This is a descriptive, single-center study conducted in a gastroenterology and hepatology teaching hospital (Baghdad) and enrolled 30 patients (19 male and 11 female) diagnosed with CD from 2013 to 2015. All of the 30 patients underwent complete physical examination, abdominopelvic CT scan (oral and intravenous contrast), upper endoscopy, and colonoscopy upon diagnosis. Exclusion criteria were female patients with known or suspected pregnancy, renal impairment, and lack of imaging study prior to starting treatment. For the analysis and creation of the LI, the digestive tract was divided into four organs: upper digestive tract, small bowel, colon/rectum, and anus. Each organ was further divided into segments: three segments for the upper digestive tract (esophagus, stomach, and duodenum), six for the colon/rectum (cecum, ascending colon, transverse colon, descending colon, sigmoid colon, and rectum), and one for the anus. For small bowel, each lesion within 20-cm length was considered to represent one small bowel segment, and the number of segments was capped at 20 (Figure 1). Surgical procedures, predefined strictures and/or penetrating lesions were graded on a 3-point severity scale. A segmental score ranging from 0 no lesion) to 10 complete resection of the segment) is given, taking into account the presence and severity of lesions (stricturing or penetrating) (Table 1, Figure 2). For each organ, a cumulative damage evaluation was then calculated as the sum of segmental damage evaluations provided plus the damage attributed to resected segments in case of previous total resection (10 for each segment), taking into account the individual relative weights attributed by the investigator to each segment within the organ. Finally, a global score is calculated, taking into account the four organ damage scores (see Tables 2 and 3 and Figure 3).17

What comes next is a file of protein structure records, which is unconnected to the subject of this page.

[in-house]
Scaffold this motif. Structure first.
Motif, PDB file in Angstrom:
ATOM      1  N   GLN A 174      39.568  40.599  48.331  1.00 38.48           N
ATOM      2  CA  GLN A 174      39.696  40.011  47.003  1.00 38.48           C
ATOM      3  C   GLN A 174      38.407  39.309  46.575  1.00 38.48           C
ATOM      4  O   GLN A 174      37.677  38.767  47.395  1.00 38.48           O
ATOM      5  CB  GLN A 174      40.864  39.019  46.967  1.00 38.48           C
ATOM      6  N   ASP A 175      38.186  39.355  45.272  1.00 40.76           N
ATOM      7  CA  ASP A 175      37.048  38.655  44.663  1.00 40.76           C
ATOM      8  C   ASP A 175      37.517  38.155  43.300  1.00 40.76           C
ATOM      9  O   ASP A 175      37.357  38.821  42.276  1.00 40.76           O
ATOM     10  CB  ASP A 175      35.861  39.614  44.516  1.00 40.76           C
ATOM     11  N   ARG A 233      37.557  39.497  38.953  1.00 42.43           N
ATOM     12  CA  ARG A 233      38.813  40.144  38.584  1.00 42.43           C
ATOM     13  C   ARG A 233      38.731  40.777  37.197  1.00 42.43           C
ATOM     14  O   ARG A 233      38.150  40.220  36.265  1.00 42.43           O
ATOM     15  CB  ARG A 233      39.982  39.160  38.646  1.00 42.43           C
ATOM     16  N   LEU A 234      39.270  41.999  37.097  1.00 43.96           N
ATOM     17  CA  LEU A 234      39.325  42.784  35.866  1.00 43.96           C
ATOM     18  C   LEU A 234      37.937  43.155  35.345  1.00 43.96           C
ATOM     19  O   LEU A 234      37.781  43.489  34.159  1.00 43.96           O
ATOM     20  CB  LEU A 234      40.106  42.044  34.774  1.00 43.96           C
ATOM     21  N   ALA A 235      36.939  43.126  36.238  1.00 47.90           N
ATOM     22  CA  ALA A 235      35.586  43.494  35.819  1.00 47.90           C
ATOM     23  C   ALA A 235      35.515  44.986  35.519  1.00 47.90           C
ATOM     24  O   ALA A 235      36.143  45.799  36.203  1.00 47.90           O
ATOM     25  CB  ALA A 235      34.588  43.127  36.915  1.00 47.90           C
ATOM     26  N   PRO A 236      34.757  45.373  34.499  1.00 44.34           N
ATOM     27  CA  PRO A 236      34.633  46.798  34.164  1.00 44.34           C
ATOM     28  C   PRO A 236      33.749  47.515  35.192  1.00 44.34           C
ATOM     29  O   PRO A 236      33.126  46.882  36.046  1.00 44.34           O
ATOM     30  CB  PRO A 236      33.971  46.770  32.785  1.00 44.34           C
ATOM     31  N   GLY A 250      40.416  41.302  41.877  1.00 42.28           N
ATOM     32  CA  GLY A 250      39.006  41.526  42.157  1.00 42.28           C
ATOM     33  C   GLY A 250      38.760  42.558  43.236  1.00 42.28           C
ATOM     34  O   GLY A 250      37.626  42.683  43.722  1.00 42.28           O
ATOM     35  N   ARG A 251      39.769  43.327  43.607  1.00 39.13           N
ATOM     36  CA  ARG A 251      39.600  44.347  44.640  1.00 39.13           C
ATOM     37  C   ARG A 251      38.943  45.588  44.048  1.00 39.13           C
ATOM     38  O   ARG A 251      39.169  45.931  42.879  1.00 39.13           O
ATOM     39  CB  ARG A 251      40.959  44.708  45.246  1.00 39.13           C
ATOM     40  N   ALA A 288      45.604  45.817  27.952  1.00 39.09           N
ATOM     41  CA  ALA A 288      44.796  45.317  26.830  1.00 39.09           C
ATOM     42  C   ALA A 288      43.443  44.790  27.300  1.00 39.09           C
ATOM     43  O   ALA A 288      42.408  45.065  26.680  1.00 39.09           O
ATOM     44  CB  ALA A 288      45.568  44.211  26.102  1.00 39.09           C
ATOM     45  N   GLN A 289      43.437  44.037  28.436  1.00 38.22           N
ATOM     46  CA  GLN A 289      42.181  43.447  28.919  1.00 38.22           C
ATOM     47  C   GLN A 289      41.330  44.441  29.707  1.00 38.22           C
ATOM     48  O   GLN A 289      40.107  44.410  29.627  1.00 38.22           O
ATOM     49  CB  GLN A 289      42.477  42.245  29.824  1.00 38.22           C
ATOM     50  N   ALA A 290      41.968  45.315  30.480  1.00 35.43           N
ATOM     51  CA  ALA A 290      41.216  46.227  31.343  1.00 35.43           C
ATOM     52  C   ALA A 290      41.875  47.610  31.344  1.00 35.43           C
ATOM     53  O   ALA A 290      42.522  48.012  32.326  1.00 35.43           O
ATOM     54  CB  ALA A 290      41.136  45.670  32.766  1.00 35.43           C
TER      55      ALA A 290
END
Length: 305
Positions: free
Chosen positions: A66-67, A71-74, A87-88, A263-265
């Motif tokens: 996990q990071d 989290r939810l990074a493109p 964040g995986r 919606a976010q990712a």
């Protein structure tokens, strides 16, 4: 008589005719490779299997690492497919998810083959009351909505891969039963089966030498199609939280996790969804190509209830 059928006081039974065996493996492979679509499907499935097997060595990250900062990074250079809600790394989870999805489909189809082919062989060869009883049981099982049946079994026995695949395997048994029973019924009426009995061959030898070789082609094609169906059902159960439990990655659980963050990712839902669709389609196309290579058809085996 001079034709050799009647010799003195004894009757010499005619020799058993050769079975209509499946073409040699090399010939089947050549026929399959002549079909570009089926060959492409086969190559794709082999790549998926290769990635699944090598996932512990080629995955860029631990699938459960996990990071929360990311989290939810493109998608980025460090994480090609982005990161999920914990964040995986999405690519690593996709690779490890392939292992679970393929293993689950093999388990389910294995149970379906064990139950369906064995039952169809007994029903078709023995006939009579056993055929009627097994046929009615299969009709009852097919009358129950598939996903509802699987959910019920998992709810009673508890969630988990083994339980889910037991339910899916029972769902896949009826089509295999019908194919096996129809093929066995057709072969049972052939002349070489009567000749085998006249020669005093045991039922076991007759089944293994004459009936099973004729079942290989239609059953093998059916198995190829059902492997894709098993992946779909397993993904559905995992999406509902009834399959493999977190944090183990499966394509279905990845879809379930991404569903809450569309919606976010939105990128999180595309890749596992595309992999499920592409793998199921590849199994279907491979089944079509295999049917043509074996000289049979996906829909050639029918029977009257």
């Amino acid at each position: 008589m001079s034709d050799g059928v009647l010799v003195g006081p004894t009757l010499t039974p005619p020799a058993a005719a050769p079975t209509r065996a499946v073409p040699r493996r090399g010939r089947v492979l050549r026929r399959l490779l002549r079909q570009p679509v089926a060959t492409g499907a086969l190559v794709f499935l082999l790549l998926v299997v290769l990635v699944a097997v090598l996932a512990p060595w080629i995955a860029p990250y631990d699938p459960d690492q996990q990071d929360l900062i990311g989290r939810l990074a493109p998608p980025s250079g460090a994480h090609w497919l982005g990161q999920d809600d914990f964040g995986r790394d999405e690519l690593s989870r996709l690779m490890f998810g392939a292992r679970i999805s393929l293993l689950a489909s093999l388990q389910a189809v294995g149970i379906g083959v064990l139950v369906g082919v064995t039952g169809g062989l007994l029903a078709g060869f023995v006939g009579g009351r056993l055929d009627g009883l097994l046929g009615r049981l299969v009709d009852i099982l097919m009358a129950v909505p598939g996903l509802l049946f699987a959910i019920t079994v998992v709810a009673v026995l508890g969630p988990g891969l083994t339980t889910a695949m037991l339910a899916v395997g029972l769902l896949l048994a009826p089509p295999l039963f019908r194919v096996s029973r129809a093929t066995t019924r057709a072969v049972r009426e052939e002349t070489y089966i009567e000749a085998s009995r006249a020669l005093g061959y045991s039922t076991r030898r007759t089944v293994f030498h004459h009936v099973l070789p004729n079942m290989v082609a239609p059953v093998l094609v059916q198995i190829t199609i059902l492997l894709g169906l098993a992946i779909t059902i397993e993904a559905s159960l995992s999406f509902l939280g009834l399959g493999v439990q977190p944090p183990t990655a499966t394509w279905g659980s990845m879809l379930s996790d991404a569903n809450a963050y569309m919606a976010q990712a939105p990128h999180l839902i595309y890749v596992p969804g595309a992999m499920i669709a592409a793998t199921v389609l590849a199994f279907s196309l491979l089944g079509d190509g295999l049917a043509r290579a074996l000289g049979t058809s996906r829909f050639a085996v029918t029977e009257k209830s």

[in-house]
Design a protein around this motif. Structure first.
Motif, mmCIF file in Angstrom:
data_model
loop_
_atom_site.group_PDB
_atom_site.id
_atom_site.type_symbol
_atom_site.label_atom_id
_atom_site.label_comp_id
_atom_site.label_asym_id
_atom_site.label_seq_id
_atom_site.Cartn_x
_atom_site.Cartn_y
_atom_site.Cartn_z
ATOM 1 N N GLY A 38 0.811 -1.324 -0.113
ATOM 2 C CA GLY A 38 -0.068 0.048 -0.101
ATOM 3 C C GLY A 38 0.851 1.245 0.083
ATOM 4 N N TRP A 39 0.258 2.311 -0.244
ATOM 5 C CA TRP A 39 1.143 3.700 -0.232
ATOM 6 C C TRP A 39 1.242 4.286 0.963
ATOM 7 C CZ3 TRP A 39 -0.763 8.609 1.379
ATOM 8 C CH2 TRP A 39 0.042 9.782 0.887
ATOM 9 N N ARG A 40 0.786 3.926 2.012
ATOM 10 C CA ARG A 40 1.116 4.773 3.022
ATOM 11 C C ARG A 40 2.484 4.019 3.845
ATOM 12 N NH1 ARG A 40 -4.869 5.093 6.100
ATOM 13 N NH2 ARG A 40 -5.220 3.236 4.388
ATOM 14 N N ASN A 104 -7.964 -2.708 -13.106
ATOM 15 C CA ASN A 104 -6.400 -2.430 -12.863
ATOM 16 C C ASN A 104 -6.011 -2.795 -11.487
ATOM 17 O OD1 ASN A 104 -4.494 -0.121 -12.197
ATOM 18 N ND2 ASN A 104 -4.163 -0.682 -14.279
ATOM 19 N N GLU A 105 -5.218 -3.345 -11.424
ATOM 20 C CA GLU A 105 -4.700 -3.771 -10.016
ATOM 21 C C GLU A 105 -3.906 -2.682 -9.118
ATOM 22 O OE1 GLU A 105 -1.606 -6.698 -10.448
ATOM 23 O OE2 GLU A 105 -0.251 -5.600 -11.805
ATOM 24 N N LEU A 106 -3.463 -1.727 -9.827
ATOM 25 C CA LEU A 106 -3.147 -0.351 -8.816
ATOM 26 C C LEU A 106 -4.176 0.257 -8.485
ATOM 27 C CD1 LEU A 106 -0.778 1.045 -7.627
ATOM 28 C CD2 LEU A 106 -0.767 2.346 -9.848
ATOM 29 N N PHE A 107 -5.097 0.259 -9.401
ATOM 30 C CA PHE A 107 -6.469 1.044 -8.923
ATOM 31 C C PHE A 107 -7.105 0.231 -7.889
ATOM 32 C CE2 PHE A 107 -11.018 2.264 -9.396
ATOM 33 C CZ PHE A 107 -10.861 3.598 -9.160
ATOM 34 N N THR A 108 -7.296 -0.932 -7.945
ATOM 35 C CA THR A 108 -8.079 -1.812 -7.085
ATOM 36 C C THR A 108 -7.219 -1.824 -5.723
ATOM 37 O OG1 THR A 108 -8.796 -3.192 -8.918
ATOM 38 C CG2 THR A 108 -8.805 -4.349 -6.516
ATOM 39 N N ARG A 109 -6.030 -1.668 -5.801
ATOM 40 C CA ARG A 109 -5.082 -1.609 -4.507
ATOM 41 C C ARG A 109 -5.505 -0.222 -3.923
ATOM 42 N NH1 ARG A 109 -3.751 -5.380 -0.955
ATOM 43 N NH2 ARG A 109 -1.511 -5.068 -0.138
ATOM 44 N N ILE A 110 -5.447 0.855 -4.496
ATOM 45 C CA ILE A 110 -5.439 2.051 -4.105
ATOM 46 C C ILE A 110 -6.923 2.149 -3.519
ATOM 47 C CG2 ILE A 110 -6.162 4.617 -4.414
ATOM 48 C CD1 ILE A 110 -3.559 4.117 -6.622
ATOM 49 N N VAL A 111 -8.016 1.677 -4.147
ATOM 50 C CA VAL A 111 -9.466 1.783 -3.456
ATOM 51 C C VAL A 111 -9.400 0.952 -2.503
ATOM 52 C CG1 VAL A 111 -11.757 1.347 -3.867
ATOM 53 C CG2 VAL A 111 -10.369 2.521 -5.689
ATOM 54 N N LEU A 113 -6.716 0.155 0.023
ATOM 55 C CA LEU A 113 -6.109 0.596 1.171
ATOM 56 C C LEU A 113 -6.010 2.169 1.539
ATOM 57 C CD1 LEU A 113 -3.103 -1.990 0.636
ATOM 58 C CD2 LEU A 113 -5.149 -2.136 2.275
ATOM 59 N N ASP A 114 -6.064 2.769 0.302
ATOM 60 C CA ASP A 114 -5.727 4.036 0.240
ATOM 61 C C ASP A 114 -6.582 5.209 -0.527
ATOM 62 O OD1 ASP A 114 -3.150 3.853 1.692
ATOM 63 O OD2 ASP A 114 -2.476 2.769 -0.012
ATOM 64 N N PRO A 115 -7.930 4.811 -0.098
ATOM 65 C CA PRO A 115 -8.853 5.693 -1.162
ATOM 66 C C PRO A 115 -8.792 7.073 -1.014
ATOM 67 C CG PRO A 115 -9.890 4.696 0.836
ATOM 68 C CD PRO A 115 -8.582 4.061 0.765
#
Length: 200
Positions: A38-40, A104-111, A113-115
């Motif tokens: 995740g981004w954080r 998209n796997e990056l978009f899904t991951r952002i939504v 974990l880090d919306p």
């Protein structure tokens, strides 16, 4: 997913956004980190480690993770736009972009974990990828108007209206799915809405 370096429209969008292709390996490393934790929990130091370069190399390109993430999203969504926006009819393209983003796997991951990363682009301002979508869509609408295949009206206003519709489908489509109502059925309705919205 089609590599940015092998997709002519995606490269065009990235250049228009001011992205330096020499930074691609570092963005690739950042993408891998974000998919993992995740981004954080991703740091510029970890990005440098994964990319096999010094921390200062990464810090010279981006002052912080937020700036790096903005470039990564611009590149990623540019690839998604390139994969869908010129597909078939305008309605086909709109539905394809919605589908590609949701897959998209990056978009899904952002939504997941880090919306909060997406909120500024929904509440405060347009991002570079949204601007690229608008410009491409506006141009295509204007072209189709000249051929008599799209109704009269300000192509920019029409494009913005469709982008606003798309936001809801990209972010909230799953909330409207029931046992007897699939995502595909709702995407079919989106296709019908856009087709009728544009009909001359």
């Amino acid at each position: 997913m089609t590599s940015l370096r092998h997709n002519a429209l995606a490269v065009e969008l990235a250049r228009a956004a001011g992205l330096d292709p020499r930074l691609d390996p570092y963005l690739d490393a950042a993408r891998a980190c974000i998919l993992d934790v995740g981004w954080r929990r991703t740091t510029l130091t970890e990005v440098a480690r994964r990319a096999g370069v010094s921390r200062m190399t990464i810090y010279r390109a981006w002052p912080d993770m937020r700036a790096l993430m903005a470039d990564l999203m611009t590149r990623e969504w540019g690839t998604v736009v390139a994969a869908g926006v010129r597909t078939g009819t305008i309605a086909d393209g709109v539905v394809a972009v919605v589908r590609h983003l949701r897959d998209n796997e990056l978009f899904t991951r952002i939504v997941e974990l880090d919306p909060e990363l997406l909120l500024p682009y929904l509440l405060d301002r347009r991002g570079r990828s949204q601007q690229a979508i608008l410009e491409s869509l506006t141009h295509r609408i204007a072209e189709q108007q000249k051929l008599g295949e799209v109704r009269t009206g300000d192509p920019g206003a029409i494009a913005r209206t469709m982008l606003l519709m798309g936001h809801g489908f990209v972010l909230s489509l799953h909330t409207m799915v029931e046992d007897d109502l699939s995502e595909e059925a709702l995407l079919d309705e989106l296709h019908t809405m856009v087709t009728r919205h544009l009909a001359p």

Figure 1. Assessment of digestive damage using the Lémann score: segmentation of the digestive tract. To calculate the score, the digestive tract is divided into four organs (upper digestive tract, small bowel, colon and rectum, and anus); then each organ is divided into segments, which are individually scored for damage on an ordinal scale ranging from 0 (normal) to 3 (maximal).

Figure 2. CT scan of the patient showing stricturing and penetrating lesions.

Figure 3. Scatterplot of the predicted indexes as a function of the investigator damage evaluations. (A) Organ indexes versus organ damage evaluation calculated from investigator segmental damage evaluations. (B) Global index versus investigator global damage evaluation.

Statistical analysis

For data entry and analysis, SPSS version 20 software was used. For the index construction, each predicted organ index was constructed through a multiple linear mixed model in the organ subsample composed of all patients with organ damage known or suspected at enrollment and all patients with organ damage found during. The dependent variable was the calculated organ damage evaluation. The independent variables of the model were the number of segments with stricturing lesions, regardless of their length, of each severity grade and the number of segments with penetrating lesions of each severity grade. The final coefficients of the organ damage index were derived from the estimated coefficients rounded to the nearest 0.5. The same method was used to construct the predicted global index using investigator global damage evaluation as the dependent variable, the four calculated organ damage evaluations as independent variables. The final coefficients of the LI were derived from the global index estimated coefficients multiplied by 10 and rounded to the nearest unity.